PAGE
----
The Canyon Wall

Exploring Palo Duro Canyon is more than just visiting the state park. In fact, most of Palo Duro Canyon lies outside the park’s 20,000 acres in Randall and Armstrong counties. There are three main highways running into the northern parts of the canyon; Highway 256 near Silverton, Highway 86 near Quitaque and my favorite, Highway 207 near Wayside.

Highway 207 runs roughly northeast from Wayside to Claude and meanders through the canyon bottom as it crosses the Prairie Dog Town Fork Red River*. At each end of the canyon there are several spots to pull off the road and photograph the canyon in the early morning or late evening.

Sunrise in Palo Duro Canyon comes abruptly as the sun climbs over the canyon wall and illuminates the mist rising from the river. Sunset arrives at a much more leisurely pace as the sun slowly sinks in the west and highlights the canyon wall with it’s beautifully, warm glow. Add a few late afternoon clouds and you’ve got a recipe for a classic canyon photograph.

Georgia O’Keeffe, the famous painter who lived in nearby Amarillo wrote of Palo Duro Canyon stating: “It is a burning, seething cauldron, filled with dramatic light and color.”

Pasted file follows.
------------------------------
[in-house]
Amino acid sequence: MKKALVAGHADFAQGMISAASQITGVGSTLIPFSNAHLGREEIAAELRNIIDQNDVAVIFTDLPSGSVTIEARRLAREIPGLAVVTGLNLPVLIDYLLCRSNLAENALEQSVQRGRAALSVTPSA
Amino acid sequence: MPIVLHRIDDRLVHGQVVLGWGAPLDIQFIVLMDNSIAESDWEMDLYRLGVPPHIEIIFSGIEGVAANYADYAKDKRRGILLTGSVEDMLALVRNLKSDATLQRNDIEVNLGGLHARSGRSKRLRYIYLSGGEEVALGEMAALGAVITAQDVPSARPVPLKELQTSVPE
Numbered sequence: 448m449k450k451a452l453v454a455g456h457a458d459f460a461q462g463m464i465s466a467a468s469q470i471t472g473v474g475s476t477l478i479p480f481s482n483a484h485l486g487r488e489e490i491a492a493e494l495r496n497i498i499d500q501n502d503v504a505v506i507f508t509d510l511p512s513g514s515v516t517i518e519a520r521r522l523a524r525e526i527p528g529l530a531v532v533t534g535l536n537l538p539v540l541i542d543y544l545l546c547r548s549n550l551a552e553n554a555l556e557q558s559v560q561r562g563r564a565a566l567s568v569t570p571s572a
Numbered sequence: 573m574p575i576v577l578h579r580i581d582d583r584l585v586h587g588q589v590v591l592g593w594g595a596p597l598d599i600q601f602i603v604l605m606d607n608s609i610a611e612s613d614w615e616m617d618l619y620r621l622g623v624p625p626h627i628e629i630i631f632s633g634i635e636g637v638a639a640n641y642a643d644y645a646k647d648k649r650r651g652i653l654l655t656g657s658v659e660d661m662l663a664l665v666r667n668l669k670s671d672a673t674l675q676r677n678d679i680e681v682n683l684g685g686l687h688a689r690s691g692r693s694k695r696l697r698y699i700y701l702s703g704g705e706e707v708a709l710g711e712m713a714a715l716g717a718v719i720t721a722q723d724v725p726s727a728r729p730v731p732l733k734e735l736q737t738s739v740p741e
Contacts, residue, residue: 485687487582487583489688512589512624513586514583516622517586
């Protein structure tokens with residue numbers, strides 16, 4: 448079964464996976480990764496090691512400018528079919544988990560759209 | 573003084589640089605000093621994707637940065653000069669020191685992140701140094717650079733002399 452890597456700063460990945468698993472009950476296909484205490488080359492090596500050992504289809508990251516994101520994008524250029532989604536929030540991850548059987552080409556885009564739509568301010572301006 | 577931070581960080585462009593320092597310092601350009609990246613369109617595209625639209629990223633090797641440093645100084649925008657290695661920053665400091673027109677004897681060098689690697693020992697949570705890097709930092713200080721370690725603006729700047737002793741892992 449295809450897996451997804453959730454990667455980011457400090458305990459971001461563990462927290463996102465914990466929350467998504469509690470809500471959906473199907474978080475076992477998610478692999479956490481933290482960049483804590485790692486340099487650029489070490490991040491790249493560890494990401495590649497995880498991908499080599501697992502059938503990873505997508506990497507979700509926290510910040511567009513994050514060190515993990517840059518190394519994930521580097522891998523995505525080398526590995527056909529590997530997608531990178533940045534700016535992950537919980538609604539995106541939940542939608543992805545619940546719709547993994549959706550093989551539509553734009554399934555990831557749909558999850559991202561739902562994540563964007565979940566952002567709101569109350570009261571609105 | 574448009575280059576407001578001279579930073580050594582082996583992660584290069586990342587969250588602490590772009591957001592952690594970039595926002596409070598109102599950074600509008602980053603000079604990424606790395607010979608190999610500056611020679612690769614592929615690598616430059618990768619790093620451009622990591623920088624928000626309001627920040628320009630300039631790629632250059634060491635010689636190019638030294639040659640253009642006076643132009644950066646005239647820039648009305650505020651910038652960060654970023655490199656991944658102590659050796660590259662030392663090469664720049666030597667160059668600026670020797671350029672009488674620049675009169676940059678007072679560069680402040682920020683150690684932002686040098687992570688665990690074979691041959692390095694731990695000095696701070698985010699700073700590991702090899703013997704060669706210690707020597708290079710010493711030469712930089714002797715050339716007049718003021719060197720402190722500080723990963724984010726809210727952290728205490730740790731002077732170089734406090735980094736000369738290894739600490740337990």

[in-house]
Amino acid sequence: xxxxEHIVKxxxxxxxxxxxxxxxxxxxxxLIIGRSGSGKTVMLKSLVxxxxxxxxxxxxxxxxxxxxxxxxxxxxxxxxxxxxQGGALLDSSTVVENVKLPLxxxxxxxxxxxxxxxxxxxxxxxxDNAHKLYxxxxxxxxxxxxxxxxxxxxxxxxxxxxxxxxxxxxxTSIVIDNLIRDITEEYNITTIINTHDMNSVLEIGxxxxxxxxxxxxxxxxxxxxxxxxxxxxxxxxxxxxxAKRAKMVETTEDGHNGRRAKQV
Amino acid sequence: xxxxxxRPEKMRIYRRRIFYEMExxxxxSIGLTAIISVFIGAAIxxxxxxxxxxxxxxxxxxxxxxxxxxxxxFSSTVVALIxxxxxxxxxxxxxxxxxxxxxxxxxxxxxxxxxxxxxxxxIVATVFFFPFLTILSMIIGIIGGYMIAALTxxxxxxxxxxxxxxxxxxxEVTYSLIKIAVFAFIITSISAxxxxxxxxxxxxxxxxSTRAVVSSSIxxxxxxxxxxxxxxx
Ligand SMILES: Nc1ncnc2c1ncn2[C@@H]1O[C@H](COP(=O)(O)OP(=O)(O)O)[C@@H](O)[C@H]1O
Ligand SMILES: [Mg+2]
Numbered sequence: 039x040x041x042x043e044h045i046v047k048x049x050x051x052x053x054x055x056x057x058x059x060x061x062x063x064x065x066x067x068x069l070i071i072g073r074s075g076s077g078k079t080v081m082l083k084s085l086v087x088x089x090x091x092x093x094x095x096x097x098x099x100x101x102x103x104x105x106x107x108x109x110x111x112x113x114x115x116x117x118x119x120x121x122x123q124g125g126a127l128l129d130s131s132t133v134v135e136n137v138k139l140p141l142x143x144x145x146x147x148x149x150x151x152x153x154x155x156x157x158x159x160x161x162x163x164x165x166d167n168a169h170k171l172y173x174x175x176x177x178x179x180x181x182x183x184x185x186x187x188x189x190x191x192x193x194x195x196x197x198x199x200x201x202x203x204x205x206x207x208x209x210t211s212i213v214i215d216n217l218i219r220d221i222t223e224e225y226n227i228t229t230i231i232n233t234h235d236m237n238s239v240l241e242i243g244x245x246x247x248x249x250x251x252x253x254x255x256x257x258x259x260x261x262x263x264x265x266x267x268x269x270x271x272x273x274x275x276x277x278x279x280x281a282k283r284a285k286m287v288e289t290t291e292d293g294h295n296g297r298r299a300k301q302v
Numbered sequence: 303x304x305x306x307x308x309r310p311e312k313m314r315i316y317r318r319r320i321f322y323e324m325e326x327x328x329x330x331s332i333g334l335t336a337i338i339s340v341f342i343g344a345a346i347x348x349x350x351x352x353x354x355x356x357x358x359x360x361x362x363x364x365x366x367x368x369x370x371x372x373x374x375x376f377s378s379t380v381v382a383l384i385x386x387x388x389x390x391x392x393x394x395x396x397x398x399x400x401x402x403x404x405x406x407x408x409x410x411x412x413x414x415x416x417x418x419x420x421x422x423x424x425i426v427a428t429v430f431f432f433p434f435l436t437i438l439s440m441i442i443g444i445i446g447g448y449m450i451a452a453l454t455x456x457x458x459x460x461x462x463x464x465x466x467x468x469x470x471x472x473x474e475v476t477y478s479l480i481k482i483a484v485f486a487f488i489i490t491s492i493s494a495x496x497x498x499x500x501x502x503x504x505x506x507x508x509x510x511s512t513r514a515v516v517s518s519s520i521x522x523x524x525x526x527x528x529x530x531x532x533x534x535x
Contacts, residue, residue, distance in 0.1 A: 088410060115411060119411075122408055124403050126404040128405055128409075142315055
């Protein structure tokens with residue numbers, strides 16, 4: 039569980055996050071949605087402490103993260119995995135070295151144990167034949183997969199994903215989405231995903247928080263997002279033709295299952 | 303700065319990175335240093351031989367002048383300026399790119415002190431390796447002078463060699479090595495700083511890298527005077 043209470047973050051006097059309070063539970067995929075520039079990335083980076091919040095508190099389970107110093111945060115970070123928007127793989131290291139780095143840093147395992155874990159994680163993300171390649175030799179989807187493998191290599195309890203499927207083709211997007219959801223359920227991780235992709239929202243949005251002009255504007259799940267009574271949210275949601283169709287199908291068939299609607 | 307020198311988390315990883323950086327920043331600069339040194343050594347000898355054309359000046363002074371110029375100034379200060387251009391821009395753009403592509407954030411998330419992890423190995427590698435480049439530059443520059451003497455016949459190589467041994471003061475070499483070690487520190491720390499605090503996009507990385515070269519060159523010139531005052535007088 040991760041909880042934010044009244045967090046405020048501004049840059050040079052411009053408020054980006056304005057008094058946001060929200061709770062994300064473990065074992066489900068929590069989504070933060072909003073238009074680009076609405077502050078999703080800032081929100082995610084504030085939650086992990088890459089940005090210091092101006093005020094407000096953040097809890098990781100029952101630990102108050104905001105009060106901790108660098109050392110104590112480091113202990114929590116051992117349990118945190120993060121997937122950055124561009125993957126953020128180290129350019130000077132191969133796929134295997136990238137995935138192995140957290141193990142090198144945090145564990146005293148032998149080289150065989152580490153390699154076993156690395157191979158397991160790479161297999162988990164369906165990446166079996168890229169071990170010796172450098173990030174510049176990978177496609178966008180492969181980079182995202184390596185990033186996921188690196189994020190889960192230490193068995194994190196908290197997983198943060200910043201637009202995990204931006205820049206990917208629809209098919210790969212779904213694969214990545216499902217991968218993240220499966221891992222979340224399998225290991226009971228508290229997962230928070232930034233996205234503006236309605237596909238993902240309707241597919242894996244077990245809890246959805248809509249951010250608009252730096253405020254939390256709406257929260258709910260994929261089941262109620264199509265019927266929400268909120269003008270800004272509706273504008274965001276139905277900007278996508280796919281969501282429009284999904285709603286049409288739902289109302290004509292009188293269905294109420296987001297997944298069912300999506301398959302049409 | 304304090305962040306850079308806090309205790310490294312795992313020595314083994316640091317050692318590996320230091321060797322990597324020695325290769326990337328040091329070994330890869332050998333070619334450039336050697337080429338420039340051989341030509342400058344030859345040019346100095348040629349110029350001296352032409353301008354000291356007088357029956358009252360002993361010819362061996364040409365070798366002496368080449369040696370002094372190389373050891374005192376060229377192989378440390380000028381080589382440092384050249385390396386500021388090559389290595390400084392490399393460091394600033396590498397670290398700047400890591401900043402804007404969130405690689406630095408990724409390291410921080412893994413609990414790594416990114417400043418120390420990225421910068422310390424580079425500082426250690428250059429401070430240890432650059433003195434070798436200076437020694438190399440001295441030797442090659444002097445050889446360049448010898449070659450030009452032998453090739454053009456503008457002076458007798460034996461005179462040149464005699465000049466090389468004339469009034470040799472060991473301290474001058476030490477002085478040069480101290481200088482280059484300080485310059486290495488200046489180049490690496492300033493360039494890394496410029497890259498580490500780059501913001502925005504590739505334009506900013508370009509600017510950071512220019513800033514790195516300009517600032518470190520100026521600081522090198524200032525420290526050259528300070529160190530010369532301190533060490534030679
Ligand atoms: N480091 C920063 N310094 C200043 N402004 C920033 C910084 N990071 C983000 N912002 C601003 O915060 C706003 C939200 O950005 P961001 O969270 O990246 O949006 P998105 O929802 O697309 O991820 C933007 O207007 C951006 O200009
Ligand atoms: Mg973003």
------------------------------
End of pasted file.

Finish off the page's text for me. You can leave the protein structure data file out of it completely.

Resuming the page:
* According to the US government, this main tributary of the Red River is properly called the Prairie Dog Town Fork Red River, and should not be called the Prairie Dog Town Fork of the Red River (Seriously?)

View Location on Panoramio & Google Earth: Palo Duro Canyon, Texas

As the Clouds Move In

As the Clouds Move In – Palo Duro Canyon, Texas
Copyright © 2010 Jeff Lynch Photography
Shot taken with a Canon EOS 5D Mark II set on Aperture (Av) priority using an EF 17-40mm f/4L USM lens tripod mounted. The exposure was taken at 28mm, f/16 for 1/5th of a second at ISO 100 with a Singh-Ray warming polarizer filter and 3-stop graduated neutral density filter. Post capture processing was done in Adobe’s Lightroom 3.

Click on the image above for a larger version.

2 thoughts on “The Canyon Wall

  1. Love these images Jeff. If I lived there I’d probably own horses again just to see all of it the way the first folks did. Wonder if there is a market for a saddle mount tripod?

    • Thanks Ray.

      Too darn hot to ride in the summer but in the spring and fall you can rent a nice quarter horse and wander the trails. I might do that in the spring so Josh can come back and wear his white Stetson again. YeeHa!


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